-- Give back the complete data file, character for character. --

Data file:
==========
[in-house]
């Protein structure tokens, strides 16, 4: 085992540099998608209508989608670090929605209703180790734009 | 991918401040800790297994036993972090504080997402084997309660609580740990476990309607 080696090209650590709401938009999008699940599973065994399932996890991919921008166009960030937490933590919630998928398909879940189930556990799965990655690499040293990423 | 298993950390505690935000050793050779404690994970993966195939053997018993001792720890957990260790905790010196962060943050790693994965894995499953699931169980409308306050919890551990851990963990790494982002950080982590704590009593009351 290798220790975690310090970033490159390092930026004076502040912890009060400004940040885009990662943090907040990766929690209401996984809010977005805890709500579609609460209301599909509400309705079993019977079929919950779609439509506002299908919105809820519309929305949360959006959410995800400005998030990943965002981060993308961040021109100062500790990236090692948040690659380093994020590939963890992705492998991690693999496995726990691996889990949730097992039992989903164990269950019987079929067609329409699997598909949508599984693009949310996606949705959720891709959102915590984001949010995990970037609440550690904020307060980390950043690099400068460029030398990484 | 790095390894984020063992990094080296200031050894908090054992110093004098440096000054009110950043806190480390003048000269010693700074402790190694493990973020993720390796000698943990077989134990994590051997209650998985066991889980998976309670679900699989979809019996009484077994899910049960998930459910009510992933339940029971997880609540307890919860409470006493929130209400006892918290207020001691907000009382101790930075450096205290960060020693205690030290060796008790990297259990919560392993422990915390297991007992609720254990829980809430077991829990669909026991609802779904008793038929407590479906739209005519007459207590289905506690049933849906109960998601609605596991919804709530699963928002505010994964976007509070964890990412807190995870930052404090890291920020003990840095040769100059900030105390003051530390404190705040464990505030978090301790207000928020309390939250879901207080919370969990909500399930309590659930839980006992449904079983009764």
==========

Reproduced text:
[in-house]
């Protein structure tokens, strides 16, 4: 085992540099998608209508989608670090929605209703180790734009 | 991918401040800790297994036993972090504080997402084997309660609580740990476990309607 080696090209650590709401938009999008699940599973065994399932996890991919921008166009960030937490933590919630998928398909879940189930556990799965990655690499040293990423 | 298993950390505690935000050793050779404690994970993966195939053997018993001792720890957990260790905790010196962060943050790693994965894995499953699931169980409308306050919890551990851990963990790494982002950080982590704590009593009351 290798220790975690310090970033490159390092930026004076502040912890009060400004940040885009990662943090907040990766929690209401996984809010977005805890709500579609609460209301599909509400309705079993019977079929919950779609439509506002299908919105809820519309929305949360959006959410995800400005998030990943965002981060993308961040021109100062500790990236090692948040690659380093994020590939963890992705492998991690693999496995726990691996889990949730097992039992989903164990269950019987079929067609329409699997598909949508599984693009949310996606949705959720891709959102915590984001949010995990970037609440550690904020307060980390950043690099400068460029030398990484 | 790095390894984020063992990094080296200031050894908090054992110093004098440096000054009110950043806190480390003048000269010693700074402790190694493990973020993720390796000698943990077989134990994590051997209650998985066991889980998976309670679900699989979809019996009484077994899910049960998930459910009510992933339940029971997880609540307890919860409470006493929130209400006892918290207020001691907000009382101790930075450096205290960060020693205690030290060796008790990297259990919560392993422990915390297991007992609720254990829980809430077991829990669909026991609802779904008793038929407590479906739209005519007459207590289905506690049933849906109960998601609605596991919804709530699963928002505010994964976007509070964890990412807190995870930052404090890291920020003990840095040769100059900030105390003051530390404190705040464990505030978090301790207000928020309390939250879901207080919370969990909500399930309590659930839980006992449904079983009764």